Hang on a second, let me just grab that bottle of wine over there. Ahhh, there we go....come to mama.
So where was I. Switzerland.
Wiesen is a tiny, tiny town in the middle of the Alps. It has approximately twenty buildings and eleven residents, most of them farm animals. But from that first handshake at the train station with Phillip, cheerful hotel owner, we had found our new happy place.
Here it is -- the promised land for tired parents. The Kinderhotel Muchetta in Wiesen, Switzerland. It's a hotel where you get to vacation with your kids because you love them but you don't really have to take care of them. Brilliant.
I want to go to there
The Kinderhotel is family mecca. Rooms stocked with cribs, baby monitors, baby bathtubs, and cute little pint-sized bathrobes. Kids laughing and running together through the dining room like a pack of foreign-language speaking wild animals. Parents sitting in the library reading books for the first time in years. Parents having no idea where their kids are and liking it that way.
Immediately after check-in, Alex headed to the "Wellness Area" where he saw a naked lady in the sauna. (No hangups about nudity in Switzerland, either. Good to know for my future public nudity needs.) After that, Alex spent a lot of time in the sauna.
Me: Gosh, I can't find Coco's sock.
Al: I'll go look in the sauna.
Me: Where the heck did I put my lens cap?
Al: You may have left it in the sauna. I'll go check because I have an earnest desire to help you.
Me: Hey Al, let's go for a hike in the beautiful mountains.
Al: Hey, MJ, let's go sit in front of the sauna and look for boobies.
Don't worry, ladies -- mama got her share of eye candy, too. Mainly German speaking men in Speedos playing with their kids in the heated wading pool. Meh -- you take what you can get.
The childcare program was too good to be true except it was TRUE. They kept the Loosh busy for up to twelve hours a day. (Is worshiping a hotel a religion? I'm gonna make it one. Kinderhotelology. There will be lots of drinking of Kool-Aid but not in the bad way.)
They would accompany the children at lunch and dinner so you could eat alone with your spouse and have something called "an intelligent conversation" without being interrupted by a four-year-old with a whoopee cushion. (I admit, I bought it for him. In my defense, whoopee cushions are highly amusing.) They took the kids sledding on snowy days and visiting local farms on sunny ones. They had a playroom with ball pits and a playground with a huge slide that threw kids off violently at the bottom.
The Loosh fell off the slide onto his head once but it didn't faze him for long. He also hurt his back doing I-dunno-what and had a door slammed on his foot. He came back bleeding twice. He's never been so happy.
He would drag himself back into our room in the evening and pass out exhausted in his bed as Alex and I danced around crowing, "We GOT him! We finally GOT him!"
Coco, when we decided to ditch her for a bit, too, went into the babycare room. They did different activities there, lest you're concerned Coco got strapped into a sled or pushed down a violent slide. I think they just dangled things in front of her face and carried her around a lot.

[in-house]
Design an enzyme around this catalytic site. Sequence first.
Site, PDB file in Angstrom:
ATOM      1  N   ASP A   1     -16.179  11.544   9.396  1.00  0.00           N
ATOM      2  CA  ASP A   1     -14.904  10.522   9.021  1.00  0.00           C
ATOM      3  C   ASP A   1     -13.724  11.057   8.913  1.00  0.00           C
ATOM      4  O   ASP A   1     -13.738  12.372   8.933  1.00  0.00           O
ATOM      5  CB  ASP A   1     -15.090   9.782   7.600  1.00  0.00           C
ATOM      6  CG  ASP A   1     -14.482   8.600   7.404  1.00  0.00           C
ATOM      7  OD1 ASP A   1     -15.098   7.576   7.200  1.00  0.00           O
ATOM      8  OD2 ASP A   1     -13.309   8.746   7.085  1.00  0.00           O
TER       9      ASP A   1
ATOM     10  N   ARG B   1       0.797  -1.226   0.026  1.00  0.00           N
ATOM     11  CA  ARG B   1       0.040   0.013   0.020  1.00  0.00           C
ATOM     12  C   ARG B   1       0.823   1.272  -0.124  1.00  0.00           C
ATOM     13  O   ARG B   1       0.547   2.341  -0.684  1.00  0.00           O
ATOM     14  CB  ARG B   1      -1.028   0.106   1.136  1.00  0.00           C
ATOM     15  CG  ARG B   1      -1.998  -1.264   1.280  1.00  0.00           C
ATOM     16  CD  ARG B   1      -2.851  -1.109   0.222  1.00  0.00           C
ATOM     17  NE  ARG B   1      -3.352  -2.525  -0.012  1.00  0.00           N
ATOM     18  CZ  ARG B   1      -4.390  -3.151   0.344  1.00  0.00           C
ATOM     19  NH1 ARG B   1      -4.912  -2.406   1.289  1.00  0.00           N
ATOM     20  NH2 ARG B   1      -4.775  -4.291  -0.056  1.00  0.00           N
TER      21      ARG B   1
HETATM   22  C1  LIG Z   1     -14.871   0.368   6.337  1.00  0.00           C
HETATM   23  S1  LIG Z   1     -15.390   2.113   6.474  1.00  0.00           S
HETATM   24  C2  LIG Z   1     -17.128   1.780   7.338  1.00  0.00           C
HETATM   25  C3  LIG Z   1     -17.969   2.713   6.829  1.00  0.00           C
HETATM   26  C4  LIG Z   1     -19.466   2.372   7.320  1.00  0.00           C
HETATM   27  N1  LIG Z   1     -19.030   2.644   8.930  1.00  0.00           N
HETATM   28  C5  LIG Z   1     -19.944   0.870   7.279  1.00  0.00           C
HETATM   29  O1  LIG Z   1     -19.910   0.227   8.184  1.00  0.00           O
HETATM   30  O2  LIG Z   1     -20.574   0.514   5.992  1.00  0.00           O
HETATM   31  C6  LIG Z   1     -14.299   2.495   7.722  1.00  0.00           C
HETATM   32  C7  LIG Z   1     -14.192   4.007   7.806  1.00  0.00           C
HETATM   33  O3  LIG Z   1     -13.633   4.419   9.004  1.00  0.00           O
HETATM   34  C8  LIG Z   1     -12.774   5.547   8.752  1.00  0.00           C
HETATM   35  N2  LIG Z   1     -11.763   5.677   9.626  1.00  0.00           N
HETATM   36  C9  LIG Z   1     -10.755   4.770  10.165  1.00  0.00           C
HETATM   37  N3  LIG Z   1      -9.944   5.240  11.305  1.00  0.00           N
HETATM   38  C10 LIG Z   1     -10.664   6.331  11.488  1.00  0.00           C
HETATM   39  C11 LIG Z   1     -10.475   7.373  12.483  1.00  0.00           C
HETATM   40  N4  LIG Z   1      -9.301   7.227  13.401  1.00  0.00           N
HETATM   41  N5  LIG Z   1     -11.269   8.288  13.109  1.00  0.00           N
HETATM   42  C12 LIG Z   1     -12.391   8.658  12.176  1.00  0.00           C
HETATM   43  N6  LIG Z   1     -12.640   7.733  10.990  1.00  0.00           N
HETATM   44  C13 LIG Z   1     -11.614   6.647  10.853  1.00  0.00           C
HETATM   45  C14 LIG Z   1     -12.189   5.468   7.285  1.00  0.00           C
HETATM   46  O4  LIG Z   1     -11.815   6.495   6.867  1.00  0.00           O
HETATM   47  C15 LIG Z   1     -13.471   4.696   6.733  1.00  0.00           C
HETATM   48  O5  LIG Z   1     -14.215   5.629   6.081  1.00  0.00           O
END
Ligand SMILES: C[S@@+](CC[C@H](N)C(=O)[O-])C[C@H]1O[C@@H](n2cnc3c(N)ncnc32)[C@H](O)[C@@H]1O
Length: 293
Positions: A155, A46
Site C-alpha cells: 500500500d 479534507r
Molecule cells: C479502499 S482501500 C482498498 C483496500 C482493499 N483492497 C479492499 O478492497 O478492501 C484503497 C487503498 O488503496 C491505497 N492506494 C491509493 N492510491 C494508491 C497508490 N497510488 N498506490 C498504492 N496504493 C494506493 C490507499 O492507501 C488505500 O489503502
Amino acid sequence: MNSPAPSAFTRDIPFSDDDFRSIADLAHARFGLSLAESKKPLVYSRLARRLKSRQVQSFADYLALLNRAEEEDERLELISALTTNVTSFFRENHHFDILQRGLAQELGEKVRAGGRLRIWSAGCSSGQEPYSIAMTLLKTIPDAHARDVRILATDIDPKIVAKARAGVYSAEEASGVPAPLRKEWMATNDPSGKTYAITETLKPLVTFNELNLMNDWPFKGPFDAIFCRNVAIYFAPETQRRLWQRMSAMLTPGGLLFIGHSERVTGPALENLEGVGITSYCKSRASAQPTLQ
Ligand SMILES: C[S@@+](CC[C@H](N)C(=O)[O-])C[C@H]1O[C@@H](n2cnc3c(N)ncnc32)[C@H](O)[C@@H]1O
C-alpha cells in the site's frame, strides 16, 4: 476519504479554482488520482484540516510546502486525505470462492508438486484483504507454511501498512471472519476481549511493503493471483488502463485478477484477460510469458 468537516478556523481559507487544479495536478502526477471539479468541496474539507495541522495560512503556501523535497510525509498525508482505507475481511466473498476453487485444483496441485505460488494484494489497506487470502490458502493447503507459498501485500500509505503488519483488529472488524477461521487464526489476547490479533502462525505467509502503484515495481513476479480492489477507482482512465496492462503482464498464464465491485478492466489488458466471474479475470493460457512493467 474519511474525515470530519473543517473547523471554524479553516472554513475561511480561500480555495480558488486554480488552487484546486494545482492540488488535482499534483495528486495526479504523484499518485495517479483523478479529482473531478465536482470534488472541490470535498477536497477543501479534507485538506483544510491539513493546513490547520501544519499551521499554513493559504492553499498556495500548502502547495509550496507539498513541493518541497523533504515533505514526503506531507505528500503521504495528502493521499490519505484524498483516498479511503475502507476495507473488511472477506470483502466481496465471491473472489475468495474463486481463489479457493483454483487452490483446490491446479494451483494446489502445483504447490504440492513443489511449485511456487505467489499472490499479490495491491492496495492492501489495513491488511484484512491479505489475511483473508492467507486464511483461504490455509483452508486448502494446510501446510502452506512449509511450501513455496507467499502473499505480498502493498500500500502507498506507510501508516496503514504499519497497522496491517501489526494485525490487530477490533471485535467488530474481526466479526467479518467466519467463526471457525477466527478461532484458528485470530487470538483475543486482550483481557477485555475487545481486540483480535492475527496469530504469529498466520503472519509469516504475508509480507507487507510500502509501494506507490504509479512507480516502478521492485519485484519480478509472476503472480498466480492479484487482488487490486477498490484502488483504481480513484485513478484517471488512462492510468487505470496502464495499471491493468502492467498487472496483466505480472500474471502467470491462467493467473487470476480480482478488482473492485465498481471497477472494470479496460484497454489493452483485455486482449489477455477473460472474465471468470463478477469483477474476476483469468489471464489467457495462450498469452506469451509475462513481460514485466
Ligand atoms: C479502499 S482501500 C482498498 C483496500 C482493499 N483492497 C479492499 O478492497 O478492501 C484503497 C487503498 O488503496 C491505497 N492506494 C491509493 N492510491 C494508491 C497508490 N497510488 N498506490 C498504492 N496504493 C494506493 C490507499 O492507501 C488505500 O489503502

She also learned how to be an effective executive:
Buzz off, woman. I'm learning over here
The vast majority of my time was spent on our deck, on this chair right here, looking at this --
AND THIS OOPS CAPS LOCK sorry I'm not really yelling
(The vast majority of Alex's time was spent in the sauna but that's neither here nor there)
The downside to the deck chairs was their plastic composition. When you coupled that with the dry mountain air, the static shocks we gave each other were unreal. A few of them darn near blasted Lucien across the deck. Alex would say to me, "Come sit with me. Let us speak of love." He'd reach out for me lovingly but I'd yell, "Discharge your static! Discharge your static!" and bat at his hands with my book. Then Alex would sigh and feel alone. Stupid staticky chair killing our love.
I grew up in Ohio but in a mountain-obsessed skifreak family. Because of all the happy memories of our ski vacations over the years (such as the time we nearly burnt down our rental condo in Vail -- our family friend had to throw a flaming fireplace log off the balcony into the snow) I'm a mountain person.
Mountains are one of the things I miss most about living in Seattle. I mean, sure, some of the "mountains" around Seattle are actually "volcanos" that are going to erupt one day and kill us all but gosh, they're pretty.
So I sat and stared at the Alps and grinned. I stared and stared. I don't think I even blinked and I'm pretty sure my mouth was hanging open. I probably looked like a real idiot. I stared at those mountains for so many hours, I'm sure I could draw their peaks from memory.
not bad.....not bad...
That's all I got this time around, folks. I hope I feel like writing about Switzerland next time, too, because we encountered some characters worthy of remembrance. My personal favorites are "anxious T" and "neon green tracksuit wearing neighbor with a Blackberry addiction."
And hey! Good news. I don't have to wear a costume for the parade at Lucien's school. Alex clarified with Saint Teacher. She said some parents have gotten festive in the past but there's no requirement to do so. Therefore I say NO to being festive. My only goal is to return with as many kids as I'm responsible for. The patterned sheet with no eyeholes would just get in the way and probably cause me to wander into traffic.
Daddy's in the sauna again, mes choux,